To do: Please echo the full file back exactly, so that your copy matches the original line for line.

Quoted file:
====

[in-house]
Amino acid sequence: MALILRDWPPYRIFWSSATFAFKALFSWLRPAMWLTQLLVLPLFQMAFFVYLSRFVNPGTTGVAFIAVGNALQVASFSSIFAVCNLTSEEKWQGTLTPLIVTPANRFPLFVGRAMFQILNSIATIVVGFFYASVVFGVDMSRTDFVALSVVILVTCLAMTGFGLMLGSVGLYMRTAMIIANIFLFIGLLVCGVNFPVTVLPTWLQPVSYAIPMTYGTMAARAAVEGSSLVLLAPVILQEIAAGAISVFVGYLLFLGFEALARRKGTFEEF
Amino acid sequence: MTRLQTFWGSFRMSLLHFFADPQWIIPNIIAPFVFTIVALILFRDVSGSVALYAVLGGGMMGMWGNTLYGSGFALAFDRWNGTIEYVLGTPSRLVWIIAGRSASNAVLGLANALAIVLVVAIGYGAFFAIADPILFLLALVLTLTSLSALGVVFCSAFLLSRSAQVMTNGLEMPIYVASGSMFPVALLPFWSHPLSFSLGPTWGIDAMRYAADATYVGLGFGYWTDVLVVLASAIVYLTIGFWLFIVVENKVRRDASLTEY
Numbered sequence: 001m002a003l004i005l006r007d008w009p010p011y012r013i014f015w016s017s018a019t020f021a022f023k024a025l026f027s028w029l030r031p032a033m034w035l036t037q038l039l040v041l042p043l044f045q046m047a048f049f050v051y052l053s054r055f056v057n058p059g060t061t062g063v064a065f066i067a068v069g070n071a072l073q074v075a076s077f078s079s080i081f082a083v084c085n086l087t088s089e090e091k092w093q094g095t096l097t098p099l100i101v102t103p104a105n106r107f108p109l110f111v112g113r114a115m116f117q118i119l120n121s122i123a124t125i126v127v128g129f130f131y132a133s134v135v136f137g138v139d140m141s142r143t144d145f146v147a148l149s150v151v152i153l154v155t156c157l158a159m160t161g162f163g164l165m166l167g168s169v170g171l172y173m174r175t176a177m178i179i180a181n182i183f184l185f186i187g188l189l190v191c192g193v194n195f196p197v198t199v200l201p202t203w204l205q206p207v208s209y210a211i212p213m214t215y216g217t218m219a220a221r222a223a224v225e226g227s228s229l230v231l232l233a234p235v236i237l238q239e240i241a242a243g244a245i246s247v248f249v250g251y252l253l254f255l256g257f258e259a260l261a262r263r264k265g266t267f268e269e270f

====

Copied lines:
[in-house]
Amino acid sequence: MALILRDWPPYRIFWSSATFAFKALFSWLRPAMWLTQLLVLPLFQMAFFVYLSRFVNPGTTGVAFIAVGNALQVASFSSIFAVCNLTSEEKWQGTLTPLIVTPANRFPLFVGRAMFQILNSIATIVVGFFYASVVFGVDMSRTDFVALSVVILVTCLAMTGFGLMLGSVGLYMRTAMIIANIFLFIGLLVCGVNFPVTVLPTWLQPVSYAIPMTYGTMAARAAVEGSSLVLLAPVILQEIAAGAISVFVGYLLFLGFEALARRKGTFEEF
Amino acid sequence: MTRLQTFWGSFRMSLLHFFADPQWIIPNIIAPFVFTIVALILFRDVSGSVALYAVLGGGMMGMWGNTLYGSGFALAFDRWNGTIEYVLGTPSRLVWIIAGRSASNAVLGLANALAIVLVVAIGYGAFFAIADPILFLLALVLTLTSLSALGVVFCSAFLLSRSAQVMTNGLEMPIYVASGSMFPVALLPFWSHPLSFSLGPTWGIDAMRYAADATYVGLGFGYWTDVLVVLASAIVYLTIGFWLFIVVENKVRRDASLTEY
Numbered sequence: 001m002a003l004i005l006r007d008w009p010p011y012r013i014f015w016s017s018a019t020f021a022f023k024a025l026f027s028w029l030r031p032a033m034w035l036t037q038l039l040v041l042p043l044f045q046m047a048f049f050v051y052l053s054r055f056v057n058p059g060t061t062g063v064a065f066i067a068v069g070n071a072l073q074v075a076s077f078s079s080i081f082a083v084c085n086l087t088s089e090e091k092w093q094g095t096l097t098p099l100i101v102t103p104a105n106r107f108p109l110f111v112g113r114a115m116f117q118i119l120n121s122i123a124t125i126v127v128g129f130f131y132a133s134v135v136f137g138v139d140m141s142r143t144d145f146v147a148l149s150v151v152i153l154v155t156c157l158a159m160t161g162f163g164l165m166l167g168s169v170g171l172y173m174r175t176a177m178i179i180a181n182i183f184l185f186i187g188l189l190v191c192g193v194n195f196p197v198t199v200l201p202t203w204l205q206p207v208s209y210a211i212p213m214t215y216g217t218m219a220a221r222a223a224v225e226g227s228s229l230v231l232l233a234p235v236i237l238q239e240i241a242a243g244a245i246s247v248f249v250g251y252l253l254f255l256g257f258e259a260l261a262r263r264k265g266t267f268e269e270f